Click here for THE homepageBy Jack Grove. Analysis of doctorates prompts concerns over adequacy of scholars' training, reports Jack Grove. Questions have been raised about whether many scholars are "little or no better qualified than those they are teaching" following an analysis of the latest data on how many academics have a doctorate.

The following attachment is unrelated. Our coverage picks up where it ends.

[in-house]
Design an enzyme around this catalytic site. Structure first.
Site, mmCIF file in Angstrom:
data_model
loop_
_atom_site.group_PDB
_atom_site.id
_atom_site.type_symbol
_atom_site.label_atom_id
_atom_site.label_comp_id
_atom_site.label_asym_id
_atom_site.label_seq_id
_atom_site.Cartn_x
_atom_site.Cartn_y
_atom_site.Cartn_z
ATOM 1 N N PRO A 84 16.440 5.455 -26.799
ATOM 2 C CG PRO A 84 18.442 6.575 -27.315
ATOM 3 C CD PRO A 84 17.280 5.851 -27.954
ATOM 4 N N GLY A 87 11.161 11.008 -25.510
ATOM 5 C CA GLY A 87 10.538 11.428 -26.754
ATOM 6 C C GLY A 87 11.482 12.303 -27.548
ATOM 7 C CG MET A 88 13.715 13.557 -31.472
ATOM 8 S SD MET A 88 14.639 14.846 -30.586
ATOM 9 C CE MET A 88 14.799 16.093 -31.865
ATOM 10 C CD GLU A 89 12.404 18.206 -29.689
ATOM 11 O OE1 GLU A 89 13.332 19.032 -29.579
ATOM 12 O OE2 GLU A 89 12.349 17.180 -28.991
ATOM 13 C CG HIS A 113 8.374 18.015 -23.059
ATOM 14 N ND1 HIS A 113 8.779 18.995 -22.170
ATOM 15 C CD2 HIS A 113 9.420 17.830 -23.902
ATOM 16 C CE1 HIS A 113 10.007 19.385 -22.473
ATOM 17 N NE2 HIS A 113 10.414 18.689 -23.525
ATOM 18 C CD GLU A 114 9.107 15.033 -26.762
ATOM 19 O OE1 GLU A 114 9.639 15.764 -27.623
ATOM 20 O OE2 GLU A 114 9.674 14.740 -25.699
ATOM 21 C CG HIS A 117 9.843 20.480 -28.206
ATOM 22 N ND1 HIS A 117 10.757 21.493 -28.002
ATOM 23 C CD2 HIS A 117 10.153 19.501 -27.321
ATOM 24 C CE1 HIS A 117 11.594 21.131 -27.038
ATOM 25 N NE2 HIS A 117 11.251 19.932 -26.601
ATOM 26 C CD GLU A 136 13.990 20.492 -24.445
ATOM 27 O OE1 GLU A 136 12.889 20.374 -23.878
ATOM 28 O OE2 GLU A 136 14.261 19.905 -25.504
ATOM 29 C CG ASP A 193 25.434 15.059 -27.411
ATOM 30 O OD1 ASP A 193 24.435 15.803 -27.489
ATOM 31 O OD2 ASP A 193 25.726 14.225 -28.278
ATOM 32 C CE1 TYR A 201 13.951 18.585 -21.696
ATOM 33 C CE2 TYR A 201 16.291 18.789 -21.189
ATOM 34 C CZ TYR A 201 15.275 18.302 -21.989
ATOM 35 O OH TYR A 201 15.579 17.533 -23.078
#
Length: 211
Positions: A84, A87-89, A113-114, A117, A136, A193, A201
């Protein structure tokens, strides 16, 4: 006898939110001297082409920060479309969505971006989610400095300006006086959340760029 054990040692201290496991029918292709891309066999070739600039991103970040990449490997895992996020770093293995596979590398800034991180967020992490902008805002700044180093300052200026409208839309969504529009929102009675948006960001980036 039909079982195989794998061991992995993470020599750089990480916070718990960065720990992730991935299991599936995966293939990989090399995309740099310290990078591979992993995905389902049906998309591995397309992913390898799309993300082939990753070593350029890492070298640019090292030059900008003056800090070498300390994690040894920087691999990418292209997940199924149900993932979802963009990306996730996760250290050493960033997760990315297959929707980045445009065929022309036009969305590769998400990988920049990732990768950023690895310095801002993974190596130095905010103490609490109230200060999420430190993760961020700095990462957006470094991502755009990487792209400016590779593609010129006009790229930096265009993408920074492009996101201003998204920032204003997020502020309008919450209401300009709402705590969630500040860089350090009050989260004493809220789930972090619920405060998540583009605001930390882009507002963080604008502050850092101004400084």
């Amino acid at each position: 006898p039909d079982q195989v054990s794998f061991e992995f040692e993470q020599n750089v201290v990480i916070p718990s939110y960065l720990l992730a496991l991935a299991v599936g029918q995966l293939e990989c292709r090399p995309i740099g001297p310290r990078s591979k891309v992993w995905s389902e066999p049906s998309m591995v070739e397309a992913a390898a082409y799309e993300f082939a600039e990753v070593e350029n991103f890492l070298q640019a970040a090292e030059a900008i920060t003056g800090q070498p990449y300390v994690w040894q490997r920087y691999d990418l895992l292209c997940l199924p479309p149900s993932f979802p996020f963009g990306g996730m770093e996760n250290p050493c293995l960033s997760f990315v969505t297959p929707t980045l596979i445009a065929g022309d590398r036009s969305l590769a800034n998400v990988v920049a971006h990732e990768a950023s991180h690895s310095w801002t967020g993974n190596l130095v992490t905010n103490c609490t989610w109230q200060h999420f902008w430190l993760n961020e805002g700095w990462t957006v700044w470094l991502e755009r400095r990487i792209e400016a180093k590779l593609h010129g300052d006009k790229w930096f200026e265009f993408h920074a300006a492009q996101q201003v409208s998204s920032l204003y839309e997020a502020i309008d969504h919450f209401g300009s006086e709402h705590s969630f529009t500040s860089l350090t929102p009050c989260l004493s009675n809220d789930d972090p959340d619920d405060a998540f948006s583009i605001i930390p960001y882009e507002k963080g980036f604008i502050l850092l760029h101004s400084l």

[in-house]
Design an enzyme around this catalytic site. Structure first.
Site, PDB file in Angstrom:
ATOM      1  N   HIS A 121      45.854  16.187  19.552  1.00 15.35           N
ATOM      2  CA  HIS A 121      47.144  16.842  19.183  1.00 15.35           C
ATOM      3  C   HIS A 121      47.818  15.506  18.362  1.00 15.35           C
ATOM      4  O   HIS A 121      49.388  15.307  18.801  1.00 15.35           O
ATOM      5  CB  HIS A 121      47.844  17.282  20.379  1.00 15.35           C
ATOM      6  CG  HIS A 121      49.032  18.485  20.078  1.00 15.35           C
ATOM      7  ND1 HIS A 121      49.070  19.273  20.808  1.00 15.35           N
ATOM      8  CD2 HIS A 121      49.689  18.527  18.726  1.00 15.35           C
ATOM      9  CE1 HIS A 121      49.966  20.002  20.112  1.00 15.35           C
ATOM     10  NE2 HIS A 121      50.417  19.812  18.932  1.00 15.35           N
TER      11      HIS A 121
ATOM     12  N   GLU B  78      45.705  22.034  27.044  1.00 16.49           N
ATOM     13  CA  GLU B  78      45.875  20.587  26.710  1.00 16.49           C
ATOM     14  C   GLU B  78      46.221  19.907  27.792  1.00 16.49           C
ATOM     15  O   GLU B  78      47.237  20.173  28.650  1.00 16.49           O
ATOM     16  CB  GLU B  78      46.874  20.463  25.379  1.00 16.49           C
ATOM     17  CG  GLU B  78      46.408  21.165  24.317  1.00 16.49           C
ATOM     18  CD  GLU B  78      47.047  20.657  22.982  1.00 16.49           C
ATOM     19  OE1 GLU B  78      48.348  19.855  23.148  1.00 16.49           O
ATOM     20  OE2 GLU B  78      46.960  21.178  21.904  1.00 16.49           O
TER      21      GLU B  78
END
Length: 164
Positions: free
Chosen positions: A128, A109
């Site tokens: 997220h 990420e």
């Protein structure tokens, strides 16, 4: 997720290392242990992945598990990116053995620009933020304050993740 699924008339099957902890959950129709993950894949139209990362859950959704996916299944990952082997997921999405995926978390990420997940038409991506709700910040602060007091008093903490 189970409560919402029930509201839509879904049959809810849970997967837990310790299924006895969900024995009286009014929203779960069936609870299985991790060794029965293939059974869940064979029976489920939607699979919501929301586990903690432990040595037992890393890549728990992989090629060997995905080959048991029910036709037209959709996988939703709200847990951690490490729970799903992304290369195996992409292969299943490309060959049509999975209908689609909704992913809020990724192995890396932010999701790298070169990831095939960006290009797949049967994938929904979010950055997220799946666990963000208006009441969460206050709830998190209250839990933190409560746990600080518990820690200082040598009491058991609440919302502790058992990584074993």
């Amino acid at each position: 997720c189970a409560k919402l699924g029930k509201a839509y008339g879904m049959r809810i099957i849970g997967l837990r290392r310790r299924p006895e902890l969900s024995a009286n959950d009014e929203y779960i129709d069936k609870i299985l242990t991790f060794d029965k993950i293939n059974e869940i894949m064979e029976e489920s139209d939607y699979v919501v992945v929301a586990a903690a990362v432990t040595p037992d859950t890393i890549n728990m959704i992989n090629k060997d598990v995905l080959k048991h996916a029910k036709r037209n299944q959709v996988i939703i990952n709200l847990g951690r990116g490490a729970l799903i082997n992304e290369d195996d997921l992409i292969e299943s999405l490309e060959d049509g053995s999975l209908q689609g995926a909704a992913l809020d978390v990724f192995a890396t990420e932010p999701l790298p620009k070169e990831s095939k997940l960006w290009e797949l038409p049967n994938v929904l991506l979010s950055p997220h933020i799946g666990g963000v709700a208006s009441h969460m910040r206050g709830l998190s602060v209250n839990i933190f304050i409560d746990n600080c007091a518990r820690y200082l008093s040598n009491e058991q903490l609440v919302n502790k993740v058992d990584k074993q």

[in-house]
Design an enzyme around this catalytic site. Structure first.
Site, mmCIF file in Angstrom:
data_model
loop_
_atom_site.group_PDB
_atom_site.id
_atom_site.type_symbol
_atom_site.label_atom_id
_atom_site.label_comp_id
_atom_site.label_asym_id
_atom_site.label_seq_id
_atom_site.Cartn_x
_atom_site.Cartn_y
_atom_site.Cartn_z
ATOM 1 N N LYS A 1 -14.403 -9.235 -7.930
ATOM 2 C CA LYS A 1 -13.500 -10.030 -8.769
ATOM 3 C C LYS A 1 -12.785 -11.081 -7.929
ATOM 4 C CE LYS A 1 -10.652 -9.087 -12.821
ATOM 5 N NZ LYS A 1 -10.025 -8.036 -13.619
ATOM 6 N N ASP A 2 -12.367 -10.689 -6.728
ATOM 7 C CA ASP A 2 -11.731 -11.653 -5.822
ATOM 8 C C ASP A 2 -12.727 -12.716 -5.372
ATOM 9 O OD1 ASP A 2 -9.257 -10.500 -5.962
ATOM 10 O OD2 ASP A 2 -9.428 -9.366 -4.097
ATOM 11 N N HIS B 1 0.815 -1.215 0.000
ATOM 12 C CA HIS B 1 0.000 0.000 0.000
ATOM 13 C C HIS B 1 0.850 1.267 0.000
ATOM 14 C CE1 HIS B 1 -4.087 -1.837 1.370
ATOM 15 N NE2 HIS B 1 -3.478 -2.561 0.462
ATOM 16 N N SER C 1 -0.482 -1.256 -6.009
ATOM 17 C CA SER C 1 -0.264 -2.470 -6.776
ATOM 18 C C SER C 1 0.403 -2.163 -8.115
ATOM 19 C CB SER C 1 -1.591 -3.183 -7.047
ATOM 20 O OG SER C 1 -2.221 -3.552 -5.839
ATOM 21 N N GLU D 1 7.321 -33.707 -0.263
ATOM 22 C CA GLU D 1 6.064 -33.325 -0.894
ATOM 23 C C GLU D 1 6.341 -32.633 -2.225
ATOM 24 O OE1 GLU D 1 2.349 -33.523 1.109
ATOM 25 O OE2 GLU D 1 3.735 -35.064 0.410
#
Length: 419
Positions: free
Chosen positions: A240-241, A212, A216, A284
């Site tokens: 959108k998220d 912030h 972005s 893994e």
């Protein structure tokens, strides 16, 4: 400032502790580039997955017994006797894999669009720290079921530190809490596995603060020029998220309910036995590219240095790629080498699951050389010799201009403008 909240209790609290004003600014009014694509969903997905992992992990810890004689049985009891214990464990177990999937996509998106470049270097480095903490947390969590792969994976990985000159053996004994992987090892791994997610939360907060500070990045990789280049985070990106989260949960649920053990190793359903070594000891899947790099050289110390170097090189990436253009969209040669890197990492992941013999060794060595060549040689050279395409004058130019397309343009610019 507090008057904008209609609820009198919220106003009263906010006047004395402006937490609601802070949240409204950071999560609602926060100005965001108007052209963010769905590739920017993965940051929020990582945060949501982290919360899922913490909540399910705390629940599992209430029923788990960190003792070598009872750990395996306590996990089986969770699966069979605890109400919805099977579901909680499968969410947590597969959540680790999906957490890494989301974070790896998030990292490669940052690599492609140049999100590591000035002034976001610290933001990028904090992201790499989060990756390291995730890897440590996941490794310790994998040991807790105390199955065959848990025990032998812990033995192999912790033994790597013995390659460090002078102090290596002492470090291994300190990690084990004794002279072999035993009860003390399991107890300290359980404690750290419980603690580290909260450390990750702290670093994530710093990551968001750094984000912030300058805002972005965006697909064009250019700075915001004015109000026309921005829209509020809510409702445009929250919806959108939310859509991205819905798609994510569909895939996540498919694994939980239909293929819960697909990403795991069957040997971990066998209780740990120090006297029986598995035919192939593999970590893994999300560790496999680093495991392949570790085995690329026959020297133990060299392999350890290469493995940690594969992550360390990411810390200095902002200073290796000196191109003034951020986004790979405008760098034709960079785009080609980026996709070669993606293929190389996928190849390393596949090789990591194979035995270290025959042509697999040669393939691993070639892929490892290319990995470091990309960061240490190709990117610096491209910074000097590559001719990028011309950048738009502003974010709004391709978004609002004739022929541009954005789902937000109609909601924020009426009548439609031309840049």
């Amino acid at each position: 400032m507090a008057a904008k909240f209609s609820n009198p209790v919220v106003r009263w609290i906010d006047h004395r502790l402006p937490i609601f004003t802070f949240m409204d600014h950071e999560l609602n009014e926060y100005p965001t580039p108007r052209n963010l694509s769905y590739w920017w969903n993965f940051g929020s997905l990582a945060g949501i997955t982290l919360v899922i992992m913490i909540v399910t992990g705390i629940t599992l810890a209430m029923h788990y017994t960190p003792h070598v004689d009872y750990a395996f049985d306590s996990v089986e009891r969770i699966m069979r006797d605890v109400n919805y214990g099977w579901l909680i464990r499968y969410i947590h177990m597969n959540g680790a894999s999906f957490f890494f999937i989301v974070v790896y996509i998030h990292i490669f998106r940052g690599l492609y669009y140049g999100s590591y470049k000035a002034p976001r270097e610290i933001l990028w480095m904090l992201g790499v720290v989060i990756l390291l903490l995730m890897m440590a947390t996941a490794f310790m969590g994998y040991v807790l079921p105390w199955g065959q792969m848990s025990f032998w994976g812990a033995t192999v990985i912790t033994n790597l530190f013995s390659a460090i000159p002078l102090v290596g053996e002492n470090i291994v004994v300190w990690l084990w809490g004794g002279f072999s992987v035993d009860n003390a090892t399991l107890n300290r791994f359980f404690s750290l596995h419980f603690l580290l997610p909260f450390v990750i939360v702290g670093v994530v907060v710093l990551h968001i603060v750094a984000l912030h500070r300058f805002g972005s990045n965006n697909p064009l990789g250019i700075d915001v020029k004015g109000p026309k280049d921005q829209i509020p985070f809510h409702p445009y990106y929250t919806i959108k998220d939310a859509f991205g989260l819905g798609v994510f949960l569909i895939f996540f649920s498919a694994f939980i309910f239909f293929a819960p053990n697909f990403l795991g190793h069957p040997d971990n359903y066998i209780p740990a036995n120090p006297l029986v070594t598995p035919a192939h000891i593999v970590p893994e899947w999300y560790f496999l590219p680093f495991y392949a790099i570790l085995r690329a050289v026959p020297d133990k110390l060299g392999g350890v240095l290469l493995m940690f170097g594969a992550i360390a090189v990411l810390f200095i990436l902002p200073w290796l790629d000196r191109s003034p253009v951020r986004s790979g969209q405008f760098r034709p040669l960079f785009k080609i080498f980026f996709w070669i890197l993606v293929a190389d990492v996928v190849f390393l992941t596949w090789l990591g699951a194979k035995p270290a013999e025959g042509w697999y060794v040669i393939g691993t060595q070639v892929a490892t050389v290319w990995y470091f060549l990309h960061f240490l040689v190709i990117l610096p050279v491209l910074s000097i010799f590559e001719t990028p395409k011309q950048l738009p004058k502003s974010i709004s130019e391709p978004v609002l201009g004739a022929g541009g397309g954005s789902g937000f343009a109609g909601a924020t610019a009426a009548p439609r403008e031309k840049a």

In the study, Malcolm Tight, professor in higher education at Lancaster University, found that just 45.7 per cent of academic staff appeared to possess a doctorate. Even when the 10 per cent of staff whose qualifications were unknown were excluded, this figure rose to only 50.7 per cent. Only 21.8 per cent of part-time academics had a doctorate, compared with 58.4 per cent of full-time staff, his analysis says. The report, based on data collected by the Higher Education Statistics Agency for 2010-11, found that 11.8 per cent of the 181,185 people defined as "academic professionals" had only an undergraduate degree as their highest qualification. Another 21.1 per cent of academics had a master's or other higher degree as their highest qualification, while another 7.5 per cent held a postgraduate certificate or diploma.